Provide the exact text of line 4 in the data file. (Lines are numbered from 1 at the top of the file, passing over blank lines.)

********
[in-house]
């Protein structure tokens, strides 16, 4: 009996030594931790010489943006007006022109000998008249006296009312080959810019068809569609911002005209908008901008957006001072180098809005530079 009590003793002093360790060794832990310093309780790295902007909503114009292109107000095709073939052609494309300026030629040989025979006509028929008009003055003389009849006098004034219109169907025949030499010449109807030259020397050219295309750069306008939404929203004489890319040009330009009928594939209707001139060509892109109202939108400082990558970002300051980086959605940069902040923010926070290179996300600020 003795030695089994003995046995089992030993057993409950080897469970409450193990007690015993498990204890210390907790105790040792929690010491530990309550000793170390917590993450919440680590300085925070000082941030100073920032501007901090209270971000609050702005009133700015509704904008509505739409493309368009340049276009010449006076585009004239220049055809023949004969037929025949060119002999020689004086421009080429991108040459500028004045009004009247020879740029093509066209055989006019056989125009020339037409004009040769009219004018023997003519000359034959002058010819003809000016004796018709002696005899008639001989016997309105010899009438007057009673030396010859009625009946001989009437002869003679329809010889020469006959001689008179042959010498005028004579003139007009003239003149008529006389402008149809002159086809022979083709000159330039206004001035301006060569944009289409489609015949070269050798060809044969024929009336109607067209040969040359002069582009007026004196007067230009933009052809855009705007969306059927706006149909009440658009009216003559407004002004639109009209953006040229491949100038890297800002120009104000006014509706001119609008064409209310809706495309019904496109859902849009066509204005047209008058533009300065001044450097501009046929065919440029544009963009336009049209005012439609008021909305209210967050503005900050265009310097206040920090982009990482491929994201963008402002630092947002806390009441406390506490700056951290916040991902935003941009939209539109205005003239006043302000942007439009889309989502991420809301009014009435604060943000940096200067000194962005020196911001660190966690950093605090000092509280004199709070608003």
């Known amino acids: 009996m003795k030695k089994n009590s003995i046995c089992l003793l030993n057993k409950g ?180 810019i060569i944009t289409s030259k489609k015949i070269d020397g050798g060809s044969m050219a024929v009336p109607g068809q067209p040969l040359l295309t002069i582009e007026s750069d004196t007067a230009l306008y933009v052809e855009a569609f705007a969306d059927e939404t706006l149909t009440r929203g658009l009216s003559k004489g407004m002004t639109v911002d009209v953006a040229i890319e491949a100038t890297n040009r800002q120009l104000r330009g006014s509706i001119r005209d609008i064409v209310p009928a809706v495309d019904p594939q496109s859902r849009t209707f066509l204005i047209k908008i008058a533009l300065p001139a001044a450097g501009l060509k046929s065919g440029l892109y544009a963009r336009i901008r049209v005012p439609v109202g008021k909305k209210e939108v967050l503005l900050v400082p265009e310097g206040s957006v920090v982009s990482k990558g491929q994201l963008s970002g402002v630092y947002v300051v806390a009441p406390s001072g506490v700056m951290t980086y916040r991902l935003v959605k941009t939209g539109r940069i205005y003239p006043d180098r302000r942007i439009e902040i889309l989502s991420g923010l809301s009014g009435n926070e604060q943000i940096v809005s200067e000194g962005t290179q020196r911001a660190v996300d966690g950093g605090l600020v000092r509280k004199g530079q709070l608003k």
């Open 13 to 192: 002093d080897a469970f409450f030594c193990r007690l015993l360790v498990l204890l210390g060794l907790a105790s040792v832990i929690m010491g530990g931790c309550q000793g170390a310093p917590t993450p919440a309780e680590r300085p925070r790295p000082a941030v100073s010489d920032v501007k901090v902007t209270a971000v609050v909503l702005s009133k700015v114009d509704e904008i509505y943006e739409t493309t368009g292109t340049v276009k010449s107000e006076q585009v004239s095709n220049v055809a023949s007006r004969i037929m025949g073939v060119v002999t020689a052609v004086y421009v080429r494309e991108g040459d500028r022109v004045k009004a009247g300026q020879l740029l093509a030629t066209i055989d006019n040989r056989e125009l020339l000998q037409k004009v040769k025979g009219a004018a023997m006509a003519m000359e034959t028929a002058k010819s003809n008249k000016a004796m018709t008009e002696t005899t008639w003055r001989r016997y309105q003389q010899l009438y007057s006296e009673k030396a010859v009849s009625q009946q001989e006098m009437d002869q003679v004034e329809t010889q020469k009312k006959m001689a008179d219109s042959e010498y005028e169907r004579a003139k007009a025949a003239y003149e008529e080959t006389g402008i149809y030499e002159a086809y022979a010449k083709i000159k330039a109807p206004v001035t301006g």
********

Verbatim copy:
């Open 13 to 192: 002093d080897a469970f409450f030594c193990r007690l015993l360790v498990l204890l210390g060794l907790a105790s040792v832990i929690m010491g530990g931790c309550q000793g170390a310093p917590t993450p919440a309780e680590r300085p925070r790295p000082a941030v100073s010489d920032v501007k901090v902007t209270a971000v609050v909503l702005s009133k700015v114009d509704e904008i509505y943006e739409t493309t368009g292109t340049v276009k010449s107000e006076q585009v004239s095709n220049v055809a023949s007006r004969i037929m025949g073939v060119v002999t020689a052609v004086y421009v080429r494309e991108g040459d500028r022109v004045k009004a009247g300026q020879l740029l093509a030629t066209i055989d006019n040989r056989e125009l020339l000998q037409k004009v040769k025979g009219a004018a023997m006509a003519m000359e034959t028929a002058k010819s003809n008249k000016a004796m018709t008009e002696t005899t008639w003055r001989r016997y309105q003389q010899l009438y007057s006296e009673k030396a010859v009849s009625q009946q001989e006098m009437d002869q003679v004034e329809t010889q020469k009312k006959m001689a008179d219109s042959e010498y005028e169907r004579a003139k007009a025949a003239y003149e008529e080959t006389g402008i149809y030499e002159a086809y022979a010449k083709i000159k330039a109807p206004v001035t301006g």